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Jakarta Post

New rule to provide tax refunds for foreign tourists

  • Marchio Irfan Gorbiano

    The Jakarta Post

Jakarta   /   Mon, February 25, 2019   /   10:58 pm
New rule to provide tax refunds for foreign tourists Tourists watch a dance performance at Uluwatu Temple in Pecatu, Badung, Bali. (Antara/Anis Efizudin)

In an effort to encourage tourist spending and empower small and medium enterprises (SMEs), the government will revise a regulation pertaining to value-added tax (VAT) that would allow foreign tourists to get tax refunds for their spending.

The Finance Ministry’s director general for taxation, Robert Pakpahan, said a new regulation, which will revise Finance Ministerial Regulation No. 76/2010, would allow foreign tourists to apply for VAT refunds with multiple invoices.

“Under the new regulation, we will allow [international tourists] to request VAT refunds as long as the total value of the VAT is a minimum of Rp 500,000 [US$36]. Meanwhile, the invoices could have different purchase dates,” Robert said during a recent dialogue with business representatives in Jakarta.

“Hopefully, we can finish [the new regulation] soon.”

Robert was responding to questions raised by Indonesian Shopping Centers Tenants Association (Hippindo) chairman Budiharjo Iduansjah, who urged the government to revise the existing VAT refund regulation in order to spur retailers’ business activities, particularly those that relied on foreign tourists.

The revision was supposed to come into effect last year in conjunction with the Asian Games, which took place from Aug. 18 to Sept. 2 in Jakarta and Palembang, South Sumatra, so that SMEs could take advantage of the presence of international athletes and visitors during the quadrennial event.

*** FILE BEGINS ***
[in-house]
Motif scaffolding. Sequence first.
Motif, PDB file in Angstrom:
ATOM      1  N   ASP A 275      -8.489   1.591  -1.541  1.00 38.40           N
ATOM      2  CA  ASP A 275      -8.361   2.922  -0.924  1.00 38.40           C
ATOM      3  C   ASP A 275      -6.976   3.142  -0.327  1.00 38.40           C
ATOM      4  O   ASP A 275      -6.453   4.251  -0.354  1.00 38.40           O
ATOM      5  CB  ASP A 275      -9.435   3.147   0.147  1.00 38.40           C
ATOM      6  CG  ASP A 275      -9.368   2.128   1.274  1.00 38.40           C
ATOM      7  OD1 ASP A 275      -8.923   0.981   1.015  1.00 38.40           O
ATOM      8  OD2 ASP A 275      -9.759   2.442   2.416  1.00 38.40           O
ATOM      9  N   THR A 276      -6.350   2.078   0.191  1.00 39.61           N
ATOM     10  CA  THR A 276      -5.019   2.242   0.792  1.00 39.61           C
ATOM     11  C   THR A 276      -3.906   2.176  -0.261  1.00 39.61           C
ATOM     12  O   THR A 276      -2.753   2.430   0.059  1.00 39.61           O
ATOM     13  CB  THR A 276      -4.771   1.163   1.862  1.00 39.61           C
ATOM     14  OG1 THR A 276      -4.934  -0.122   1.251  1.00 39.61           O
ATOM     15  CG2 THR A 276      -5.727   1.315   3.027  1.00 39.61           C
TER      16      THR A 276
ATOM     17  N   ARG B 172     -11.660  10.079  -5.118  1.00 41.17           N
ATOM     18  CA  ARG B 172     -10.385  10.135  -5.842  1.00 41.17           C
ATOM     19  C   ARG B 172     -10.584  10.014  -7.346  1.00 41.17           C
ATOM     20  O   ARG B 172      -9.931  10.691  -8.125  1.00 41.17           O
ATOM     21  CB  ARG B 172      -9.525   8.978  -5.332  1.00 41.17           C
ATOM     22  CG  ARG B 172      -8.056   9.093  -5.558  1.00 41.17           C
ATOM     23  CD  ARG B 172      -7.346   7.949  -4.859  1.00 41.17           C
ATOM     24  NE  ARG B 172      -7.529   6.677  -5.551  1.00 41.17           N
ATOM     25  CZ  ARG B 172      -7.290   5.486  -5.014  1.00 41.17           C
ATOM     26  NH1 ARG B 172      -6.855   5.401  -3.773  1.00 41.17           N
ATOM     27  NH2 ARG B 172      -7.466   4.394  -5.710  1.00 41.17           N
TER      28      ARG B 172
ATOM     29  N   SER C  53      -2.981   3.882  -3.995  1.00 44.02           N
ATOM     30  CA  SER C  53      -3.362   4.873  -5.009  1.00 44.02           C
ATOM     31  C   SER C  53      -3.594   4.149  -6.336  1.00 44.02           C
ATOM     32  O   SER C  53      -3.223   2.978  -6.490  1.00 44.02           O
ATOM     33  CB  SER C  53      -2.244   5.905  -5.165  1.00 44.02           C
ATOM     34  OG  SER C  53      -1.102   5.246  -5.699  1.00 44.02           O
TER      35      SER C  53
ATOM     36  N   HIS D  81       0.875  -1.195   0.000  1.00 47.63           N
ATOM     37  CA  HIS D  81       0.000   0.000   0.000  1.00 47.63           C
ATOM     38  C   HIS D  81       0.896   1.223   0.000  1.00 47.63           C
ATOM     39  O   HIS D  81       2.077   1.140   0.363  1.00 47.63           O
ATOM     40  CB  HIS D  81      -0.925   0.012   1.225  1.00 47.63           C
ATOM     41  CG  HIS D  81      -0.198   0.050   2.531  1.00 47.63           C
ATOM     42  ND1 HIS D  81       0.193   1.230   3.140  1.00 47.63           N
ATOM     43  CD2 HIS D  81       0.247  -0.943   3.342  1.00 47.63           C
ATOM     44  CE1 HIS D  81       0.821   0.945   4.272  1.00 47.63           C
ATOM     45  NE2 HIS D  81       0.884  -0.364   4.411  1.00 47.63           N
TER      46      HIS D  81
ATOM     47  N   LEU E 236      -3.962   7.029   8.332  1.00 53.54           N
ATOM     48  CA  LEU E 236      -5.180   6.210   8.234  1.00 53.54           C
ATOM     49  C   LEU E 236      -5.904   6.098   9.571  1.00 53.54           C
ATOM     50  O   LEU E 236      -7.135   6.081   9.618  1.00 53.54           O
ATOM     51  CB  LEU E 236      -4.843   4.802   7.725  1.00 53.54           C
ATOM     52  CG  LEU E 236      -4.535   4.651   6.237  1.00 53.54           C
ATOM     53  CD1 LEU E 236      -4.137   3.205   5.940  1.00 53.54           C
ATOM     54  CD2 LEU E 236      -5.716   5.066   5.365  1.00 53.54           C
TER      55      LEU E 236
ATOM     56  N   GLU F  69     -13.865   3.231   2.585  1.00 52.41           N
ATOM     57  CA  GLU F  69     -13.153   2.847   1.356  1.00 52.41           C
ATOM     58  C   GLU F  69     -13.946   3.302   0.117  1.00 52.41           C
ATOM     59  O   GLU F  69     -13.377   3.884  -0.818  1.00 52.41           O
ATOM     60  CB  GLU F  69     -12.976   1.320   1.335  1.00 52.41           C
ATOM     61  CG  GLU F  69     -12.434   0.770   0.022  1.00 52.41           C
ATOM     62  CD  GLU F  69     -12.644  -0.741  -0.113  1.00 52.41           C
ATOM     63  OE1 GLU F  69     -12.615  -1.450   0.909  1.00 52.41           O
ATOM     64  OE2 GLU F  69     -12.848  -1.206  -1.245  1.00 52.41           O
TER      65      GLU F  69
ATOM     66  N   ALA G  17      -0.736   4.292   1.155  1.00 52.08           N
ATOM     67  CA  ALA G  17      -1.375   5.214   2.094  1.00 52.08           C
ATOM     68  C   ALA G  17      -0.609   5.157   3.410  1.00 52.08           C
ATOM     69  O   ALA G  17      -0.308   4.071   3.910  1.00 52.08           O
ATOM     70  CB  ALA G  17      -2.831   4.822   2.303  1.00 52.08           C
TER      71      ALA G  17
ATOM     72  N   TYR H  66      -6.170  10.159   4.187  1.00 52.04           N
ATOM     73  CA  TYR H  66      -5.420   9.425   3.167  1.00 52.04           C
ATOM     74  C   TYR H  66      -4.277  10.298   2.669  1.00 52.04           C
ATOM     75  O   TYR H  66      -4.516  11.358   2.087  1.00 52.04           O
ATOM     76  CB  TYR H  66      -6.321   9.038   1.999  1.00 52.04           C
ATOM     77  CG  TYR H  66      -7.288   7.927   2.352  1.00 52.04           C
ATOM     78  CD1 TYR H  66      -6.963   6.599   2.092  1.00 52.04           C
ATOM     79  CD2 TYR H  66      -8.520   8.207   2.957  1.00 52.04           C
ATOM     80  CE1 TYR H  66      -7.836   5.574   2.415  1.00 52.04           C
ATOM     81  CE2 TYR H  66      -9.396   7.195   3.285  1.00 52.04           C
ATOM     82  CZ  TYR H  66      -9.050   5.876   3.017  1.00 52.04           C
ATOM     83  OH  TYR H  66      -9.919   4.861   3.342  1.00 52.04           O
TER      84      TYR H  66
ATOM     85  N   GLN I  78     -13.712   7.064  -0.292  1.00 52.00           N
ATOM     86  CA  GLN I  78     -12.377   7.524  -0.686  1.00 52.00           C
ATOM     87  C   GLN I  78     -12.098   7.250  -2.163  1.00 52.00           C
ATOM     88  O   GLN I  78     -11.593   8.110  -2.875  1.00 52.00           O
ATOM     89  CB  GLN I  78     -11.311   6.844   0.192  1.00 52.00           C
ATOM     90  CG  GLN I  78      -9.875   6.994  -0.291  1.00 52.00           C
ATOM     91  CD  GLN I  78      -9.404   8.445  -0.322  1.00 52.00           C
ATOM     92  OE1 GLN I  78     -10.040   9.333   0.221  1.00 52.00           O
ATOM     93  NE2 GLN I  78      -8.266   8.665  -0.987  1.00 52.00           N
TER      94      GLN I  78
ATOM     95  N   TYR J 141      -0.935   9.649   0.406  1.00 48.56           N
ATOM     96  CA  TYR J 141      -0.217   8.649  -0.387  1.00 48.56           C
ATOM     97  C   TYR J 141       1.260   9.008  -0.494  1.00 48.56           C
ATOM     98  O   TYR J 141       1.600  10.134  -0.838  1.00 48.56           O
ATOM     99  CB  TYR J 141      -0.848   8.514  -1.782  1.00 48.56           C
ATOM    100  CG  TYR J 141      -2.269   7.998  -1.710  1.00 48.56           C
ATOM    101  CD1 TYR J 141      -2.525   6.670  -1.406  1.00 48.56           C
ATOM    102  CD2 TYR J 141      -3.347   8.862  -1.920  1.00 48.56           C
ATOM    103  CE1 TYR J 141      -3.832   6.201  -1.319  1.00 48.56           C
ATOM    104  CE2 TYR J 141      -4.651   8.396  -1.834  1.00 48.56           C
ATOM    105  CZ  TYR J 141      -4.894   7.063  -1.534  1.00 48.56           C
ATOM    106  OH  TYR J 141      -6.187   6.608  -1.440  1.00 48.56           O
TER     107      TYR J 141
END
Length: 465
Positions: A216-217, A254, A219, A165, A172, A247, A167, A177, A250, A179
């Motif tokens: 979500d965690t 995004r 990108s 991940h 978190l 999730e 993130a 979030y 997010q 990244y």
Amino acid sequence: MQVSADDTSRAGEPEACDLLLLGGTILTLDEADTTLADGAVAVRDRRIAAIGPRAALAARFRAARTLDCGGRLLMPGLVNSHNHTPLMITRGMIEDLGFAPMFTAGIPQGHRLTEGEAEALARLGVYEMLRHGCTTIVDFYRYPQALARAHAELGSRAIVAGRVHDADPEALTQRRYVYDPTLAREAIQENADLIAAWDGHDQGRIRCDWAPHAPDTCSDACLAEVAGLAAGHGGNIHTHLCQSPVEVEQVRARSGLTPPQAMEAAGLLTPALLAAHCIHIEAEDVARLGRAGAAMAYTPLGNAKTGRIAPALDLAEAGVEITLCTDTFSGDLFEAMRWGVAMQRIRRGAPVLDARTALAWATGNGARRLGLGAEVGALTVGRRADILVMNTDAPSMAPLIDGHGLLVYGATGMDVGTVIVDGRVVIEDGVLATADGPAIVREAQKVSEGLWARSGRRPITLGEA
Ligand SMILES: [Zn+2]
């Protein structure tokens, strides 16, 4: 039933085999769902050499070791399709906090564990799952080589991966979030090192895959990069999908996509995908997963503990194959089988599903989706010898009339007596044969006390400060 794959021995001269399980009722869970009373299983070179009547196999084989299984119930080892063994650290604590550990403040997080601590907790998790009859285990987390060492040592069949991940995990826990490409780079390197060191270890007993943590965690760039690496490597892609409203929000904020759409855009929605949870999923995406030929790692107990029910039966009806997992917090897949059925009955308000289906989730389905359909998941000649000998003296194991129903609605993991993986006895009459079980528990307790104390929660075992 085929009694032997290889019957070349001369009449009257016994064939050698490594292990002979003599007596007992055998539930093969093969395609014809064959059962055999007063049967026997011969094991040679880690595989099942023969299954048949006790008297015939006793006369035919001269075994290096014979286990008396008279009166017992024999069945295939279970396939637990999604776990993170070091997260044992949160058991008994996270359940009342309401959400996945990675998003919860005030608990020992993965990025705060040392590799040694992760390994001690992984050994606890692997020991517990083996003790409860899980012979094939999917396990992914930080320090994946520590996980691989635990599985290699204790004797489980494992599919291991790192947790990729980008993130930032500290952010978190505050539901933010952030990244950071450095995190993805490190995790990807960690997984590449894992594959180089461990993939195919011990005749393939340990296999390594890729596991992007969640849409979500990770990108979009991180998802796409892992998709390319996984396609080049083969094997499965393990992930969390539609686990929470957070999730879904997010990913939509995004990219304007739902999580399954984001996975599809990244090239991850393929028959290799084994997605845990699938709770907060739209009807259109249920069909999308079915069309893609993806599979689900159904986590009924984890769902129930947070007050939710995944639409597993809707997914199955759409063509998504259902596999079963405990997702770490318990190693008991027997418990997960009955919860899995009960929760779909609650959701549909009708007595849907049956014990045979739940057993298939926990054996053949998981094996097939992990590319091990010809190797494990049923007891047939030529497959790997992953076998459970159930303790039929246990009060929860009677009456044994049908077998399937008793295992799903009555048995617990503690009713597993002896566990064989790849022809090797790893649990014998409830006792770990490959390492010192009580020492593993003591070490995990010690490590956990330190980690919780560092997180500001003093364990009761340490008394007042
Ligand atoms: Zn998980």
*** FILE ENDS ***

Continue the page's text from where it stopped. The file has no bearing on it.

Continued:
Under the prevailing Finance Ministerial Regulation No. 76/2010, international tourists who wanted a VAT refund for their purchases had to present a single transaction receipt with a VAT worth Rp 5 million which effectively urged tourists to make a single large purchase under the assumption of the current 10 percent VAT rate.

The current regulation also stipulates that the goods had to be purchased within a month before the tourists’ departure.

According to official government website, only five international airports were able to provide VAT refunds, namely Soekarno-Hatta Airport in Cengkareng, Banten; Kualanamu Airport in Medan, North Sumatra; Adisucipto Airport in Yogyakarta; Juanda Airport in Surabaya, East Java; and Ngurah Rai Airport in Denpasar, Bali.

Foreign tourists staying longer than two months were ineligible for the refund, according to the prevailing regulation.

The minimum threshold of the VAT refund is stipulated in Article 16E of the 2003 VAT Law, with the second paragraph of the article stating that the threshold could be adjusted through the issuance of new a government regulation (PP).

Indonesian Employers Association (APINDO) chairman Hariyadi Sukamdani said the new regulation should be flexible enough in terms of setting the minimum VAT that could be refunded.

He also called on the government to ease procedures for retailers in registering as participants in the VAT refund scheme.

“What is important right now is the ease of registering for the scheme,” said Hariyadi. “We would like for them [retailers] to easily participate in it.”

Center for Indonesia Taxation Analysis (CITA) executive director Yustinus Prastowo said principally, the VAT refund was implemented at a reciprocal basis as most countries that adopted the VAT scheme provided the facility.

He said the relaxation of the VAT refund regulation would not greatly affect the tax authority’s revenue, adding that state spending for the tax refund would be offset by bigger transactions expected from more tourist spending.